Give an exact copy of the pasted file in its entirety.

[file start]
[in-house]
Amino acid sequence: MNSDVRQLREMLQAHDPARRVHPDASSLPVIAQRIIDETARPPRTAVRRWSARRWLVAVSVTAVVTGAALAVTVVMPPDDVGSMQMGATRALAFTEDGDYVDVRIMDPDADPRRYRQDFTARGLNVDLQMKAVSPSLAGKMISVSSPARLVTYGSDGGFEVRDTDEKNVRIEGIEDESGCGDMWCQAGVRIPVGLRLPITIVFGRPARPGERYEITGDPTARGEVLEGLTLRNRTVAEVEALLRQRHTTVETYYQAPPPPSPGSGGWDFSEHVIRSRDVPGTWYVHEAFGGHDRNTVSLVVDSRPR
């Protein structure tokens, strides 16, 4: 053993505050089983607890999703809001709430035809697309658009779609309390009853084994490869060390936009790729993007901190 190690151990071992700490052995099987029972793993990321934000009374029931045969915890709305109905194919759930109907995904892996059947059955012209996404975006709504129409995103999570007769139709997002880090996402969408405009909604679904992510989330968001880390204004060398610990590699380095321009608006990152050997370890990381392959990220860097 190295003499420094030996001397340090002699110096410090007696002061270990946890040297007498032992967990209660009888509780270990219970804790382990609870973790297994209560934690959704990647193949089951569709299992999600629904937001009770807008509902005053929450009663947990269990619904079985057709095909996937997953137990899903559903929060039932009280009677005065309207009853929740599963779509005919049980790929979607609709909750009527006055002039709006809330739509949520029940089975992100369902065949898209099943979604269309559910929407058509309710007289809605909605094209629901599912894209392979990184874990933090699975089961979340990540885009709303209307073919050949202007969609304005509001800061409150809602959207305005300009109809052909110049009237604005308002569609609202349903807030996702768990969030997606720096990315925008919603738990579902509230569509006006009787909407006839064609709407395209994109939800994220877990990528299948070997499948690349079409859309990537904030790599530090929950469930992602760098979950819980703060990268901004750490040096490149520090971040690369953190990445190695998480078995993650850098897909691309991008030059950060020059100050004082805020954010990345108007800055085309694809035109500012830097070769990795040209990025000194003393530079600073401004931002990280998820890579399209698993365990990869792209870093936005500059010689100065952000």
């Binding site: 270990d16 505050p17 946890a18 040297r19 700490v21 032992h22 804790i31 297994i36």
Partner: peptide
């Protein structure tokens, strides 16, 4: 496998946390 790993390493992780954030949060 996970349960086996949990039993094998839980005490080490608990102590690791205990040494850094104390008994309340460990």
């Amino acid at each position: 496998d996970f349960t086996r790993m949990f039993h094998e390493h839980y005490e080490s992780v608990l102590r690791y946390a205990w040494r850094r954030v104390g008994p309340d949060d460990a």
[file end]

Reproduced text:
[in-house]
Amino acid sequence: MNSDVRQLREMLQAHDPARRVHPDASSLPVIAQRIIDETARPPRTAVRRWSARRWLVAVSVTAVVTGAALAVTVVMPPDDVGSMQMGATRALAFTEDGDYVDVRIMDPDADPRRYRQDFTARGLNVDLQMKAVSPSLAGKMISVSSPARLVTYGSDGGFEVRDTDEKNVRIEGIEDESGCGDMWCQAGVRIPVGLRLPITIVFGRPARPGERYEITGDPTARGEVLEGLTLRNRTVAEVEALLRQRHTTVETYYQAPPPPSPGSGGWDFSEHVIRSRDVPGTWYVHEAFGGHDRNTVSLVVDSRPR
């Protein structure tokens, strides 16, 4: 053993505050089983607890999703809001709430035809697309658009779609309390009853084994490869060390936009790729993007901190 190690151990071992700490052995099987029972793993990321934000009374029931045969915890709305109905194919759930109907995904892996059947059955012209996404975006709504129409995103999570007769139709997002880090996402969408405009909604679904992510989330968001880390204004060398610990590699380095321009608006990152050997370890990381392959990220860097 190295003499420094030996001397340090002699110096410090007696002061270990946890040297007498032992967990209660009888509780270990219970804790382990609870973790297994209560934690959704990647193949089951569709299992999600629904937001009770807008509902005053929450009663947990269990619904079985057709095909996937997953137990899903559903929060039932009280009677005065309207009853929740599963779509005919049980790929979607609709909750009527006055002039709006809330739509949520029940089975992100369902065949898209099943979604269309559910929407058509309710007289809605909605094209629901599912894209392979990184874990933090699975089961979340990540885009709303209307073919050949202007969609304005509001800061409150809602959207305005300009109809052909110049009237604005308002569609609202349903807030996702768990969030997606720096990315925008919603738990579902509230569509006006009787909407006839064609709407395209994109939800994220877990990528299948070997499948690349079409859309990537904030790599530090929950469930992602760098979950819980703060990268901004750490040096490149520090971040690369953190990445190695998480078995993650850098897909691309991008030059950060020059100050004082805020954010990345108007800055085309694809035109500012830097070769990795040209990025000194003393530079600073401004931002990280998820890579399209698993365990990869792209870093936005500059010689100065952000």
């Binding site: 270990d16 505050p17 946890a18 040297r19 700490v21 032992h22 804790i31 297994i36």
Partner: peptide
């Protein structure tokens, strides 16, 4: 496998946390 790993390493992780954030949060 996970349960086996949990039993094998839980005490080490608990102590690791205990040494850094104390008994309340460990």
């Amino acid at each position: 496998d996970f349960t086996r790993m949990f039993h094998e390493h839980y005490e080490s992780v608990l102590r690791y946390a205990w040494r850094r954030v104390g008994p309340d949060d460990a």